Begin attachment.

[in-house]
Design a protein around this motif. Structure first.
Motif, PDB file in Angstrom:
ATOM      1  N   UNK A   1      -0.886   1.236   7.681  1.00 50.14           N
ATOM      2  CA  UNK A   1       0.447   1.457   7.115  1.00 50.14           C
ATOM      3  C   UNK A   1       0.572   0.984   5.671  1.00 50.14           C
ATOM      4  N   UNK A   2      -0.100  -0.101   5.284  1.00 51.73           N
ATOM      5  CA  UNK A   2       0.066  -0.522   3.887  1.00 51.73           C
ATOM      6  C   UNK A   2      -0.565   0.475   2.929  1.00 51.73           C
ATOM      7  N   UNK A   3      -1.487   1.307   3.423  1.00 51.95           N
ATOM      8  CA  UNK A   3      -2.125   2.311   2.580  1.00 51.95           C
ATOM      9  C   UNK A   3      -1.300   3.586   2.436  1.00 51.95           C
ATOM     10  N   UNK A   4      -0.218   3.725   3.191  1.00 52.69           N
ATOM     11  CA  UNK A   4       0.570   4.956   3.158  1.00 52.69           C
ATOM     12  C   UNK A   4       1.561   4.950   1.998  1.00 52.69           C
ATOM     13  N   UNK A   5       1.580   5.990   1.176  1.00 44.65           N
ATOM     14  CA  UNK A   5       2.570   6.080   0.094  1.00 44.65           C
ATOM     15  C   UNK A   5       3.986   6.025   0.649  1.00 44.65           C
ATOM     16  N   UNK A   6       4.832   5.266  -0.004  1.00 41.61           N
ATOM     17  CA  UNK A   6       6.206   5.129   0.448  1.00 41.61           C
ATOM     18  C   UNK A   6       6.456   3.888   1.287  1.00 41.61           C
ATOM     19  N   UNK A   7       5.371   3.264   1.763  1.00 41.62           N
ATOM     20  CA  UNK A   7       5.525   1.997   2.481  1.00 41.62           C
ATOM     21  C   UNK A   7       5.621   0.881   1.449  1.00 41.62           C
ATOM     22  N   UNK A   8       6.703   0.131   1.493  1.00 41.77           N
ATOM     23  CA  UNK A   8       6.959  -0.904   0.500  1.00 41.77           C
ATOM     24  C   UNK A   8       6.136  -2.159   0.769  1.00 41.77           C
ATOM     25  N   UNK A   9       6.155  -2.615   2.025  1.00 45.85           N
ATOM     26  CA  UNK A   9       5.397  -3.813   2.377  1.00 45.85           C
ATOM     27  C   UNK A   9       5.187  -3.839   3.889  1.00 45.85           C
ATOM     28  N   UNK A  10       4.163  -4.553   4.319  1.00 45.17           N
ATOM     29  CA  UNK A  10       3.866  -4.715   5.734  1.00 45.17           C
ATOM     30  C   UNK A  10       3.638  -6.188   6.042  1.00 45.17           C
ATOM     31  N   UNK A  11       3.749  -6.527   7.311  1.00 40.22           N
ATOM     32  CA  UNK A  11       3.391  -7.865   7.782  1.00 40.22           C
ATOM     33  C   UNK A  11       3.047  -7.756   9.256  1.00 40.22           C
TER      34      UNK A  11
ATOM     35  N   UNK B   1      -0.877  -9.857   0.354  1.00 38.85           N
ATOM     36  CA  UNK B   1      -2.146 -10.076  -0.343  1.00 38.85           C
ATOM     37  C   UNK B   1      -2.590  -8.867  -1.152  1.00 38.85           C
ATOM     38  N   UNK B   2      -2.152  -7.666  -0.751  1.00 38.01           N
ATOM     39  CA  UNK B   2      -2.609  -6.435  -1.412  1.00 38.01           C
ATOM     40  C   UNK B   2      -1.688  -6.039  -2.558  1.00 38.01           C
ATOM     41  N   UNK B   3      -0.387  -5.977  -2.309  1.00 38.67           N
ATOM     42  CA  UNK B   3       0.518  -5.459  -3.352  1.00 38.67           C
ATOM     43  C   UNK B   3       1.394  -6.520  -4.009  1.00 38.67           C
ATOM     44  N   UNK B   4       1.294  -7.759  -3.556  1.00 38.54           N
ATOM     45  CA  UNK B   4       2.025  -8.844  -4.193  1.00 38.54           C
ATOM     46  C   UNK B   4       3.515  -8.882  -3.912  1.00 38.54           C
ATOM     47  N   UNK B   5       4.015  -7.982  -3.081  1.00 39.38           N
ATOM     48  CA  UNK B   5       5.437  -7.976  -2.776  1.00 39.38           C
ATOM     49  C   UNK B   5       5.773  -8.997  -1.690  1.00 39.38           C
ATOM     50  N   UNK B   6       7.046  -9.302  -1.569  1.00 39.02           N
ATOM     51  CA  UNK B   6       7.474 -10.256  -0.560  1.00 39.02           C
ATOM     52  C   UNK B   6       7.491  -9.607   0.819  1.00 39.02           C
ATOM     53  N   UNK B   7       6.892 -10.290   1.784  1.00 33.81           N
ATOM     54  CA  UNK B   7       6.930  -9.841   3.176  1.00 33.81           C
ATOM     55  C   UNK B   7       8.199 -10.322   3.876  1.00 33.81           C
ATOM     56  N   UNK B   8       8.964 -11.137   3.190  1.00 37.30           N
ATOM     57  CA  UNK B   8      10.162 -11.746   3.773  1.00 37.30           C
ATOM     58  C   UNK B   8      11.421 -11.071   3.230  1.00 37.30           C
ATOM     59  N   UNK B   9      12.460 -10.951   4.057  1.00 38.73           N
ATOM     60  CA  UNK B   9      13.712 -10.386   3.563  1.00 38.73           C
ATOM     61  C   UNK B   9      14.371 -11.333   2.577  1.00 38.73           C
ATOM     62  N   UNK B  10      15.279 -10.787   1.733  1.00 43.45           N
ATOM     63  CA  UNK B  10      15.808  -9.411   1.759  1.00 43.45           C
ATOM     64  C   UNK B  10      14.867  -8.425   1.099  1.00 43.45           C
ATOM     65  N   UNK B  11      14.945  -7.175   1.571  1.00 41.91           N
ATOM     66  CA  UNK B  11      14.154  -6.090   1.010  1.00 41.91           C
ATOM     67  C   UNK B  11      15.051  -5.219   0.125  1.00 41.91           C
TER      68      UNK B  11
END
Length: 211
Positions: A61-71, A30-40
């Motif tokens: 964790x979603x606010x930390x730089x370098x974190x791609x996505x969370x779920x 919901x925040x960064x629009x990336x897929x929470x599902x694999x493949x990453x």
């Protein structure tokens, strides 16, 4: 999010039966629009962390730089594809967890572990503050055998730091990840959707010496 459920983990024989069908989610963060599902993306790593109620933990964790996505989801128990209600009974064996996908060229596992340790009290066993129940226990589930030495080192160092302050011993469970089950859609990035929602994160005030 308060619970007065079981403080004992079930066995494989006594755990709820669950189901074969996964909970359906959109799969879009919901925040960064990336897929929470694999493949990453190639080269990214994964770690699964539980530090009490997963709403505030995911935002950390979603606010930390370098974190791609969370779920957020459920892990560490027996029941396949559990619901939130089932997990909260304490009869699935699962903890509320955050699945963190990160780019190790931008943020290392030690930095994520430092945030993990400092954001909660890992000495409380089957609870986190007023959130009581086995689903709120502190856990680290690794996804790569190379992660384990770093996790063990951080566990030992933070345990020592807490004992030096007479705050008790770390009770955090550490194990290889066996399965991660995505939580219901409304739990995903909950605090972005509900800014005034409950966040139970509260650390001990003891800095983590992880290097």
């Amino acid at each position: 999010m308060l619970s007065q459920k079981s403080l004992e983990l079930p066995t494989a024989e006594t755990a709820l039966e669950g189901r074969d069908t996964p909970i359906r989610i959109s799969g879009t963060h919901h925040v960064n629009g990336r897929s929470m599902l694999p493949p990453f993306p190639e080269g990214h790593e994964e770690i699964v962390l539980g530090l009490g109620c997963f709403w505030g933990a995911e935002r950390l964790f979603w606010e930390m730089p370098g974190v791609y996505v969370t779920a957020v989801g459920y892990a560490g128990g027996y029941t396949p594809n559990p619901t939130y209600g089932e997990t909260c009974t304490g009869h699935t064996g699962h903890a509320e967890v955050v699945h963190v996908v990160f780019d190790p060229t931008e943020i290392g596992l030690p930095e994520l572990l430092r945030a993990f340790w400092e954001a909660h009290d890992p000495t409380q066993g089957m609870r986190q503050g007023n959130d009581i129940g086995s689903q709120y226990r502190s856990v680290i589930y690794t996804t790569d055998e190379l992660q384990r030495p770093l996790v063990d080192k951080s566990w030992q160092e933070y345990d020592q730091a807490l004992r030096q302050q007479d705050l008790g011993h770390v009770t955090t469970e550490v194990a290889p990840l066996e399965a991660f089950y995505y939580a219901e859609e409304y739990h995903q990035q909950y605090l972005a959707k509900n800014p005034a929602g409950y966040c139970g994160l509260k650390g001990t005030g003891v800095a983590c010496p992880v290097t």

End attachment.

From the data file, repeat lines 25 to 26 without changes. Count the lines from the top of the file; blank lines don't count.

ATOM     22  N   UNK A   8       6.703   0.131   1.493  1.00 41.77           N
ATOM     23  CA  UNK A   8       6.959  -0.904   0.500  1.00 41.77           C